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photo:portraiture [2017/09/10 20:37]
gary1 [portraiture]
photo:portraiture [2017/10/17 22:51] (current)
gary1 [A suggested framework for studio portraits:]
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     *direct the subject maintaining your eye contact so they don't lose position, but use directions from the subject'​s perspective (ie. more YOUR right hand) supported by your hand gestures to explain which way you want them to tilt     *direct the subject maintaining your eye contact so they don't lose position, but use directions from the subject'​s perspective (ie. more YOUR right hand) supported by your hand gestures to explain which way you want them to tilt
     *obtain the expression you want from the subject by asking them to think of the emotion or a scenario that will give that expression, try getting them to interact with an imaginary person for example ​     *obtain the expression you want from the subject by asking them to think of the emotion or a scenario that will give that expression, try getting them to interact with an imaginary person for example ​
 +      * **avoid forced smiles - tips for more natural smiles:**
 +          * don't say cheese, say money
 +          * close eyes, take a breathe then open eyes, relax face and jaw muscles or blow air then smile
 +          * think of something happy or imagine they like the photographer
 +          * shake head or look down then back up at camera
 +          * crack a joke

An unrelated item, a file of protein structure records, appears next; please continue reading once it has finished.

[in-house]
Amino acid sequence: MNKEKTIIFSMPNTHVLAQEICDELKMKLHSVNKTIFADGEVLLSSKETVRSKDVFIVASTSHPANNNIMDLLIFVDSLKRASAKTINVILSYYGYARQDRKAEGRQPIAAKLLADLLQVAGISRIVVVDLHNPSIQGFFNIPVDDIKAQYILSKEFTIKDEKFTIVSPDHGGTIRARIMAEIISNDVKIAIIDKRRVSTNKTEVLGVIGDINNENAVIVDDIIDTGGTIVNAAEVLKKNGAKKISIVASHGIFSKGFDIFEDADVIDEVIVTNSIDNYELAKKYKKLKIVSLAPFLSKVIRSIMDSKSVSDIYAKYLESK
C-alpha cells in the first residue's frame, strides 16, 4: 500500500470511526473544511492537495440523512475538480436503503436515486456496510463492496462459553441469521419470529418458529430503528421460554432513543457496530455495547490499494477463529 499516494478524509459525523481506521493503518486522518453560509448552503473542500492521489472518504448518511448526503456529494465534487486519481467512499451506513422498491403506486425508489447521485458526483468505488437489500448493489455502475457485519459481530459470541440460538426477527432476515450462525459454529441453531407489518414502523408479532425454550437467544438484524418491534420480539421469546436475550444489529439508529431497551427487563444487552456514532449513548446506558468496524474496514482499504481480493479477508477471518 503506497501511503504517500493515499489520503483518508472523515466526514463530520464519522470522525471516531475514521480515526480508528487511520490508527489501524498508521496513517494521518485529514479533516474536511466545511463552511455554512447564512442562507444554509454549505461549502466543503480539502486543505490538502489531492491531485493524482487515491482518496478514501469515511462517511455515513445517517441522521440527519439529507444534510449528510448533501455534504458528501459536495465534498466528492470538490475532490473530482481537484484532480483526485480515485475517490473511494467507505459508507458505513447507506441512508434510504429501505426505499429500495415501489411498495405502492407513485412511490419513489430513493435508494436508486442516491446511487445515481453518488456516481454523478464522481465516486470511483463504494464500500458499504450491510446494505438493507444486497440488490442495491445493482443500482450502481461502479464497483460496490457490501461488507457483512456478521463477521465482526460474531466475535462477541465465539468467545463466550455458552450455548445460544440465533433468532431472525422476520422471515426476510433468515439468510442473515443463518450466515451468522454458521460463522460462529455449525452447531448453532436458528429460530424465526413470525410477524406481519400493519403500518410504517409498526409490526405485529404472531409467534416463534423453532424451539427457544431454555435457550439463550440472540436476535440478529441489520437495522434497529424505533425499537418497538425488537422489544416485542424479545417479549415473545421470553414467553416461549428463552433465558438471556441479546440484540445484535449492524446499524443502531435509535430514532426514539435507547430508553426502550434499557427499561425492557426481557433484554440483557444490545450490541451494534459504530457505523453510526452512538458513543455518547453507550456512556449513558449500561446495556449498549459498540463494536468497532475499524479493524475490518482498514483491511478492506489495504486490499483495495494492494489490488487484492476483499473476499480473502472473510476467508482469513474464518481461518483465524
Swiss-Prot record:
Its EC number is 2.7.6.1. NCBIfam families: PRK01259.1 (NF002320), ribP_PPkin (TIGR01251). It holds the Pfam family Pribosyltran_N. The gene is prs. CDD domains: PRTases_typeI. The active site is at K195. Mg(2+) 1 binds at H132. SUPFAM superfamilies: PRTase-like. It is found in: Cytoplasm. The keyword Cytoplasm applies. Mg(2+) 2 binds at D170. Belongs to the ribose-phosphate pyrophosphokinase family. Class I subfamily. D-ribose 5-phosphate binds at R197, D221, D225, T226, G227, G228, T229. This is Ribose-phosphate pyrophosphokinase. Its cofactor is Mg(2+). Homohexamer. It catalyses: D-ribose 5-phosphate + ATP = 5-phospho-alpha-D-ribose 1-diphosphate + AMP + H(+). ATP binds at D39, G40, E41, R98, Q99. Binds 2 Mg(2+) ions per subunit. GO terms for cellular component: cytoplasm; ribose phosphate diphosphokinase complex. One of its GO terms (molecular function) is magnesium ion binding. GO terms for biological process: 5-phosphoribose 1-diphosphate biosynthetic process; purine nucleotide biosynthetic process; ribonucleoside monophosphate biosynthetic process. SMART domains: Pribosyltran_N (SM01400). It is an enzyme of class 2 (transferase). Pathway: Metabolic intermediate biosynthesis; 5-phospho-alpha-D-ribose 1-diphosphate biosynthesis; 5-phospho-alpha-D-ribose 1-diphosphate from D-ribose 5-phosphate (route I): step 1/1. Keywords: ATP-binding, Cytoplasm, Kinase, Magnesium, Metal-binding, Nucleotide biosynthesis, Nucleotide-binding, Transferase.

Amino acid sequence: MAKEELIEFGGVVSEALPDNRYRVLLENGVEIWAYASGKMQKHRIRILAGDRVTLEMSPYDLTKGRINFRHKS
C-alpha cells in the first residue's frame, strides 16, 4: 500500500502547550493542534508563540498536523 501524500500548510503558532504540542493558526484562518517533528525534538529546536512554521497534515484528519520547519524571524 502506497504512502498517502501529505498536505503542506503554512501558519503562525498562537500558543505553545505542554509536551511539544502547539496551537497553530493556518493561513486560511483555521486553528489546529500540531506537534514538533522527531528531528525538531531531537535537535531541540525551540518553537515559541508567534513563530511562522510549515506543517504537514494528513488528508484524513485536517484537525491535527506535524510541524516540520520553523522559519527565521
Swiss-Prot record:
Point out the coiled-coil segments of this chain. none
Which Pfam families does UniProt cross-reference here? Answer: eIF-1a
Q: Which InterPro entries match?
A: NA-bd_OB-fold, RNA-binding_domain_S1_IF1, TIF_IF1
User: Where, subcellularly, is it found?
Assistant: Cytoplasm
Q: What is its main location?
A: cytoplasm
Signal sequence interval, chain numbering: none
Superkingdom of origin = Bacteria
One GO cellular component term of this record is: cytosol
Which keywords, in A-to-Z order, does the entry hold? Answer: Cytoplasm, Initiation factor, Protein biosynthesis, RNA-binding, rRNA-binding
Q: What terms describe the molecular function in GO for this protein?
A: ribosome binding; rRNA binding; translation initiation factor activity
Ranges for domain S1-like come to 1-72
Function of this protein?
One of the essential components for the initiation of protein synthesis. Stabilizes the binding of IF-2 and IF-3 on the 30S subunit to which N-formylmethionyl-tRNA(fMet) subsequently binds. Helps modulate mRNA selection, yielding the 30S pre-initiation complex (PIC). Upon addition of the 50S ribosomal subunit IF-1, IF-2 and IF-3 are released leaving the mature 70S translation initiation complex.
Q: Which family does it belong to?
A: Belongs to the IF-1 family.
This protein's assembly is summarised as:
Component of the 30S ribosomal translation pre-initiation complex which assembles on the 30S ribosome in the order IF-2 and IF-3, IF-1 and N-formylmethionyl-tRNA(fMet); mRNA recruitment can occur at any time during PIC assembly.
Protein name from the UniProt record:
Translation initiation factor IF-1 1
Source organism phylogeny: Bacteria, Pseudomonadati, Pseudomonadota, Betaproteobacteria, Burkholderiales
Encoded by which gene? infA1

- Don't feel stressed out when you can't get the shot that you had envisioned in your head all day, go with the flow. If you are stressed out, your subject might start to think it is their fault. Some of the best portraits are complete accidents. Consider having the model pose in a very relaxed manner even if the position of arms, legs, etc are not aesthetic, if the model is relaxed you can go for a tight head shot which may just give you a great shot that forced poses don't give you, and then you can move on with more confidence. One of the keys to successful portraits is the photographer conveying confidence - after all, the model tends to mirror the photographer. If you are getting stiff expressions,​ try the technique of getting the model to look away then when you are ready, to turn head and look back towards the camera with the attempted expression.   - Don't feel stressed out when you can't get the shot that you had envisioned in your head all day, go with the flow. If you are stressed out, your subject might start to think it is their fault. Some of the best portraits are complete accidents. Consider having the model pose in a very relaxed manner even if the position of arms, legs, etc are not aesthetic, if the model is relaxed you can go for a tight head shot which may just give you a great shot that forced poses don't give you, and then you can move on with more confidence. One of the keys to successful portraits is the photographer conveying confidence - after all, the model tends to mirror the photographer. If you are getting stiff expressions,​ try the technique of getting the model to look away then when you are ready, to turn head and look back towards the camera with the attempted expression.
  
photo/portraiture.txt ยท Last modified: 2017/10/17 22:51 by gary1